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In 1962, Doc Watson and some of his musician neighbors set out from their home in the Blue Ridge Mountains on the journey of a lifetime, to perform at the Ash Grove folk club in Los Angeles.
“I remember the first trip we did,” Watson said in a 2008 interview. “We borrowed a little station wagon from the late Clarence Ashley’s son and drove to California and back, and I remember thinking, ‘Lord, what a big old country this is.’ I was a mountaineer, just a country boy. I’d never been nowhere like that before.”
FOR THE RECORD:
An earlier version of this obituary reported Watson’s date of birth as March 2, 1923. He was born March 3, 1923.
Within a few years, Watson seemingly had been everywhere, as his prowess on guitar and his vast store of traditional Southern music made the blind musician an internationally celebrated artist.
Watson, 89, who recorded more than 50 albums and won seven Grammy Awards, died Tuesday at Wake Forest Baptist Medical Center in Winston-Salem, N.C., according to his representatives at Folklore Productions, a Santa Monica management company. He had undergone colon surgery Thursday.
Although Watson is perhaps most acclaimed for his astonishing technique in both the flat-pick and finger-picking styles, his greatest contribution touched on broader concerns.
“Doc arrived at a point where there was the beginning of an audience for traditional music, but not really an informed group of people,” Ash Grove owner Ed Pearl said last week.
“Doc was by far the best traditional artist I ever met at talking openly about his people, and just having a casual conversation with an audience.… He was among the most versatile and un-self-conscious bringers of Southern white culture to the Ash Grove possible, and he did that right from the beginning.”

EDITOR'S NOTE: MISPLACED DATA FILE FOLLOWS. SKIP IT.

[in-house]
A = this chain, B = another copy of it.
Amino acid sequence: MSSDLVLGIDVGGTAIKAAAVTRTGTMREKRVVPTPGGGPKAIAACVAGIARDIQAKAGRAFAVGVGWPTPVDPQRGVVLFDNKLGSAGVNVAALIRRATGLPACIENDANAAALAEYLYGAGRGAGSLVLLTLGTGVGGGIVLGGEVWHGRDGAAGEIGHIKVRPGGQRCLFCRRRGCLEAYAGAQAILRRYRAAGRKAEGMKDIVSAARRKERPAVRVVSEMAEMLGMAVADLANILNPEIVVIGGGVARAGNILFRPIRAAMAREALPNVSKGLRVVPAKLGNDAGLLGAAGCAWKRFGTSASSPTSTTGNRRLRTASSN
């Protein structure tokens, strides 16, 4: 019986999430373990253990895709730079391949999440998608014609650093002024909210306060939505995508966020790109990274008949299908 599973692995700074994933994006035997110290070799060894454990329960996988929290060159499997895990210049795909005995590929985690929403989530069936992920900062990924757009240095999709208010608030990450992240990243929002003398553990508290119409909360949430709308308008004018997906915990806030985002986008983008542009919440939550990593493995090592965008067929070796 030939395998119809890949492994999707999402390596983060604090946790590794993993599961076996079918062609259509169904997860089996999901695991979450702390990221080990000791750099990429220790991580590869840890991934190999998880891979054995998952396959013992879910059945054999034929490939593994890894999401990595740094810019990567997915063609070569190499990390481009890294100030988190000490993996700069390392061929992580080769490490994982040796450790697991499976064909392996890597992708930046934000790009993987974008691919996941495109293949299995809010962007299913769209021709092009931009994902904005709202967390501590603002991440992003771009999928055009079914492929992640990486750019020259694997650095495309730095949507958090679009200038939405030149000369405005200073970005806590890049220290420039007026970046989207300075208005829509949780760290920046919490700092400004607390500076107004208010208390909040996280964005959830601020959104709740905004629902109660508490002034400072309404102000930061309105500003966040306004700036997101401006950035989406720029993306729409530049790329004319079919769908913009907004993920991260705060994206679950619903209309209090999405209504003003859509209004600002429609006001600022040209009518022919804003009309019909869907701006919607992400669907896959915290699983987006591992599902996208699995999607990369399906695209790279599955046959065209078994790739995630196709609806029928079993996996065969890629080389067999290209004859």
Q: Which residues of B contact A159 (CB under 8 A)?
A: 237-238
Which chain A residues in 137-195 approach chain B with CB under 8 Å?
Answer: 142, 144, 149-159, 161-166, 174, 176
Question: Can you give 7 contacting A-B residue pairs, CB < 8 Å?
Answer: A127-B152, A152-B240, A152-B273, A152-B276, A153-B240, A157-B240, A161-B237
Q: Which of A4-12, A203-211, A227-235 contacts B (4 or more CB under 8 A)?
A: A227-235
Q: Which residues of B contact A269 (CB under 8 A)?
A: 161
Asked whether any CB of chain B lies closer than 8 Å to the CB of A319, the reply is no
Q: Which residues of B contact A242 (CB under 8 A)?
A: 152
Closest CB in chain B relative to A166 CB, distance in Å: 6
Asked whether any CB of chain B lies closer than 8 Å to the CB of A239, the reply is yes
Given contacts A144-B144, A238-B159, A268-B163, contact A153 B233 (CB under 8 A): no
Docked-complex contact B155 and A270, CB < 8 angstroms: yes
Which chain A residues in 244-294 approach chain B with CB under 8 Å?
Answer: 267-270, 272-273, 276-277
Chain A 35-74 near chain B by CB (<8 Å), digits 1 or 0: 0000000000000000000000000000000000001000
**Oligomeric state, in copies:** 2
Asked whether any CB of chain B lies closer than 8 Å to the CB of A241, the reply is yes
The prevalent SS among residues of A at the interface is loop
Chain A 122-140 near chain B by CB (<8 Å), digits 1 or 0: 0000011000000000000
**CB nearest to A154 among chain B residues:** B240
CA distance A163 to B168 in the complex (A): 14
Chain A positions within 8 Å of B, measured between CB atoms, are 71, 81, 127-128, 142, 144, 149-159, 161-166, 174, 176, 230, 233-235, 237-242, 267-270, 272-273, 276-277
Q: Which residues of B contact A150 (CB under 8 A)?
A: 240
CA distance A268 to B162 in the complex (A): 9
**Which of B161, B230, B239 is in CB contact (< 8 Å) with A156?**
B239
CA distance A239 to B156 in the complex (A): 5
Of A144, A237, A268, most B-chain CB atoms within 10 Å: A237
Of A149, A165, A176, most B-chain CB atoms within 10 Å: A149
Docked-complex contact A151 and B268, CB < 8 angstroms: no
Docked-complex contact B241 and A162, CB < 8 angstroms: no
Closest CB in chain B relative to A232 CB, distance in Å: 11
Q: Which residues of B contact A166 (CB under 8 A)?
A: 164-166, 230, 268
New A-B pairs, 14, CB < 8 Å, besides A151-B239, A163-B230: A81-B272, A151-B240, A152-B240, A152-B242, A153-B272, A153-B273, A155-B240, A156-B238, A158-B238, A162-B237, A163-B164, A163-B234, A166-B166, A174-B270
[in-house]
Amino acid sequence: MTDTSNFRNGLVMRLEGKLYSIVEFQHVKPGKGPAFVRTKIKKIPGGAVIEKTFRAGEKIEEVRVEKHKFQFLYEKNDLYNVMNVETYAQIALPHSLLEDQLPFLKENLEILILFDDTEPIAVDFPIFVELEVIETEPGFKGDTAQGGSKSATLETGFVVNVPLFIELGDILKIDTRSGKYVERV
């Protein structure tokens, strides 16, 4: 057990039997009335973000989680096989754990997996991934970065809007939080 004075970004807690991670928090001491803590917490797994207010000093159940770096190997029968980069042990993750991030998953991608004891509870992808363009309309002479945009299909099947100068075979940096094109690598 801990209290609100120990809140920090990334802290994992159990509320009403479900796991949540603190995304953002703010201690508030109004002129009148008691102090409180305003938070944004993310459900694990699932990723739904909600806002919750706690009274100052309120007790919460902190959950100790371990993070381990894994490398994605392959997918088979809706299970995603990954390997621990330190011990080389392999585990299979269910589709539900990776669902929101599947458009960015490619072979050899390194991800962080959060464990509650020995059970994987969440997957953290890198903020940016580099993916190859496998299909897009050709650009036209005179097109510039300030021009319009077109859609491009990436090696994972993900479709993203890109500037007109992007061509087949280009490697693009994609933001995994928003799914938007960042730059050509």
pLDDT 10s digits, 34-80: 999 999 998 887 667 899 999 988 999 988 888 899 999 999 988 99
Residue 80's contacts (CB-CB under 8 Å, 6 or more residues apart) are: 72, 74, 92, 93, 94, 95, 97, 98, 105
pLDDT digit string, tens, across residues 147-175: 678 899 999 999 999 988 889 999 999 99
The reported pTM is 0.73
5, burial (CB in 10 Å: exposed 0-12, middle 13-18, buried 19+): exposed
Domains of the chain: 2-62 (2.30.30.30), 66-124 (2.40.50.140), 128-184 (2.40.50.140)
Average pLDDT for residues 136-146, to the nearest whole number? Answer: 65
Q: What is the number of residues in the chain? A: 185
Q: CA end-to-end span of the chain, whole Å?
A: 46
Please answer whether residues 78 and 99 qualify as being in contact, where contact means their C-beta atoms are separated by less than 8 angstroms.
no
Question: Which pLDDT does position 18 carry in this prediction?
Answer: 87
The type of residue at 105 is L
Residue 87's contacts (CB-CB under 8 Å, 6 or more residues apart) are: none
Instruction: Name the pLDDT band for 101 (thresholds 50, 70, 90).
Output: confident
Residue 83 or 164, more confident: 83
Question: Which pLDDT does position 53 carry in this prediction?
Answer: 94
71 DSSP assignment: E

With his natural ease as a storyteller, his heartfelt baritone singing, his repository of material and his facility on guitar, Watson was a rare combination of authenticity and artistry.
His example inspired a generation of musicians to explore obscure musical pockets, as well as to upgrade their instrumental technique toward the remarkably high standards he established. He is one of the prime sources of the hybrid, roots-conscious Americana genre, and a key influence on such noted players as Norman Blake, Tony Rice, Buddy Miller and Dan Crary.
“Doc Watson sort of defined in many ways what Americana has become,” Jed Hilly, executive director of the Americana Music Assn., told The Times. “He played different styles of American roots music. He played traditional country, he played what would be traditional folk, he played what was traditional bluegrass, he played gospel. All those elements sort of interwoven, that’s what Buddy Miller does today.… Nothing is more definitive than Doc Watson’s appreciation for a broad spectrum of music in the Americana world.”
Watson received a National Medal of Arts in 1997 and a lifetime achievement award from the Recording Academy in 2004.
Remarkably, Watson was well into his 40s when he embarked on a serious music career.
Arthel Lane Watson was born March 3, 1923, one of nine children in a farming family in Deep Gap, N.C. Blinded by an eye infection before he was 2, he was encouraged by his father to be active on the farm. His father also helped foster his musical leanings.